The London Women's Clinic

Male infertility

A sperm count of 20 million is considered normal 

Infertility

Male infertility

Male infertility

Almost all causes of male infertility are usually related to sperm disorders - either too few in number or of inadequate quality. It's for this reason that one of the first investigations of the infertile couple is a semen analysis laboratory test. The male, unlike the female, is constantly renewing his supply of germ cells, and a single ejaculate of semen may contain as many as 200 million individual sperm cells. A sperm count of 20 million per millilitre semen is considered normal for fertilisation. The sample should also show that more than half the sperm cells are motile, and around one-third of normal shape.


Common male infertility problems

Although male infertility is commonly associated with impotence, many infertile men have perfectly normal sexual relationships.

Indeed, the most common causes are low sperm counts and in rarer cases semen samples which contain no motile sperm cells (a condition known as azoospermia). Smoking, excessive use of alcohol and obesity have all been linked to poor sperm counts, but the link is not definitive.

Please try our fertility questionnaire to see whether you should seek help.

Assisted reproduction techniques for male infertility

Since it was introduced in the mid-1990s, intacytoplasmic sperm injection (ICSI) has revolutionised the treatment of male infertility. The technique injects a single sperm cell into an egg, with a fertilisation rate of more than 90%. Indeed, even in cases of azoospermia at least one sperm cell can usually be retrieved surgically from the testes or microtubes to provide a good chance of conception. Formerly, men with severe sperm problems had very little chance of fathering their own children; now ICSI provides a realistic chance to even the most severe cases.

Counselling

Counselling is available to all of our patients and can be arranged for individuals or couples. The HFEA considers counselling to be a key element in the provision of infertility services, and has made 'implication counselling' a requirement in the case of sperm or egg donation. We offer support counselling at all times and the first session is offered free of charge. 

Infertility

Male infertility

Male infertility

Almost all causes of male infertility are usually related to sperm disorders - either too few in number or of inadequate quality. It's for this reason that one of the first investigations of the infertile couple is a semen analysis laboratory test. The male, unlike the female, is constantly renewing his supply of germ cells, and a single ejaculate of semen may contain as many as 200 million individual sperm cells. A sperm count of 20 million per millilitre semen is considered normal for fertilisation. The sample should also show that more than half the sperm cells are motile, and around one-third of normal shape.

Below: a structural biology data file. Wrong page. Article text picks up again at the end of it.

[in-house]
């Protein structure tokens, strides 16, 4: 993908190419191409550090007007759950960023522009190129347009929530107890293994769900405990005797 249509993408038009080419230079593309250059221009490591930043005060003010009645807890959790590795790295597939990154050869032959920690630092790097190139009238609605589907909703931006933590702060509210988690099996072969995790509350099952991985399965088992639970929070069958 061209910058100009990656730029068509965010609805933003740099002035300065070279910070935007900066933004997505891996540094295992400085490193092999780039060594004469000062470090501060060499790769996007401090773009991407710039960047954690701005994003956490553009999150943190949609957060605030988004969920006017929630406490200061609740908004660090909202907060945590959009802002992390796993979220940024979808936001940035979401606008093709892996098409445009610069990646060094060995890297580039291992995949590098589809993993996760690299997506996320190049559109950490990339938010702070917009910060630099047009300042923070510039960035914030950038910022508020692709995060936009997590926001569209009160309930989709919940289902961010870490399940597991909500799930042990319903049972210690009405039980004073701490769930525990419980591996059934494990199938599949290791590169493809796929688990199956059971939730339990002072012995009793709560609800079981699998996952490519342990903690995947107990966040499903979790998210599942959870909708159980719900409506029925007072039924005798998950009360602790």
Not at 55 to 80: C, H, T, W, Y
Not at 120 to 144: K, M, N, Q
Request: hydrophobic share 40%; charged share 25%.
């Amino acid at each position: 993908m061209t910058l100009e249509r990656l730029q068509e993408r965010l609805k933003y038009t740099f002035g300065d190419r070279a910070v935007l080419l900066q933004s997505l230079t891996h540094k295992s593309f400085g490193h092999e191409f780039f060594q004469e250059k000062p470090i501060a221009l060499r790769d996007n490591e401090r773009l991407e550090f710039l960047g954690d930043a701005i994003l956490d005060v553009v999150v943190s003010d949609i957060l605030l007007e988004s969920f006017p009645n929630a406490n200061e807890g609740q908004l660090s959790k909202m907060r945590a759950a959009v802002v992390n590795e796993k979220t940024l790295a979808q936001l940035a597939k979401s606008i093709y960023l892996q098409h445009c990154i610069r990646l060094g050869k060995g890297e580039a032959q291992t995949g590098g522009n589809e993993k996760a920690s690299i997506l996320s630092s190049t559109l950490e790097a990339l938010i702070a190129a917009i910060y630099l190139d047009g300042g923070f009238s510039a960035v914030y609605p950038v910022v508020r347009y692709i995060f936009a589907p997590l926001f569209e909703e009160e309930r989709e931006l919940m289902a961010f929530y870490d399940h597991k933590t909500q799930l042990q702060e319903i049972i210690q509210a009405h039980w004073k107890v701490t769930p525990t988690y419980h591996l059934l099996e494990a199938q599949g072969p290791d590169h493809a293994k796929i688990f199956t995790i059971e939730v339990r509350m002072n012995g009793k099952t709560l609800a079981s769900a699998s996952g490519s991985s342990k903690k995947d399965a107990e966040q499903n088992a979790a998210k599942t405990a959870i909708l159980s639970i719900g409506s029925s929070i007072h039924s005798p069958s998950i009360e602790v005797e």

Common male infertility problems

Although male infertility is commonly associated with impotence, many infertile men have perfectly normal sexual relationships.

Indeed, the most common causes are low sperm counts and in rarer cases semen samples which contain no motile sperm cells (a condition known as azoospermia). Smoking, excessive use of alcohol and obesity have all been linked to poor sperm counts, but the link is not definitive.

Please try our fertility questionnaire to see whether you should seek help.

Assisted reproduction techniques for male infertility

Since it was introduced in the mid-1990s, intacytoplasmic sperm injection (ICSI) has revolutionised the treatment of male infertility. The technique injects a single sperm cell into an egg, with a fertilisation rate of more than 90%. Indeed, even in cases of azoospermia at least one sperm cell can usually be retrieved surgically from the testes or microtubes to provide a good chance of conception. Formerly, men with severe sperm problems had very little chance of fathering their own children; now ICSI provides a realistic chance to even the most severe cases.

Counselling

Counselling is available to all of our patients and can be arranged for individuals or couples. The HFEA considers counselling to be a key element in the provision of infertility services, and has made 'implication counselling' a requirement in the case of sperm or egg donation. We offer support counselling at all times and the first session is offered free of charge. 

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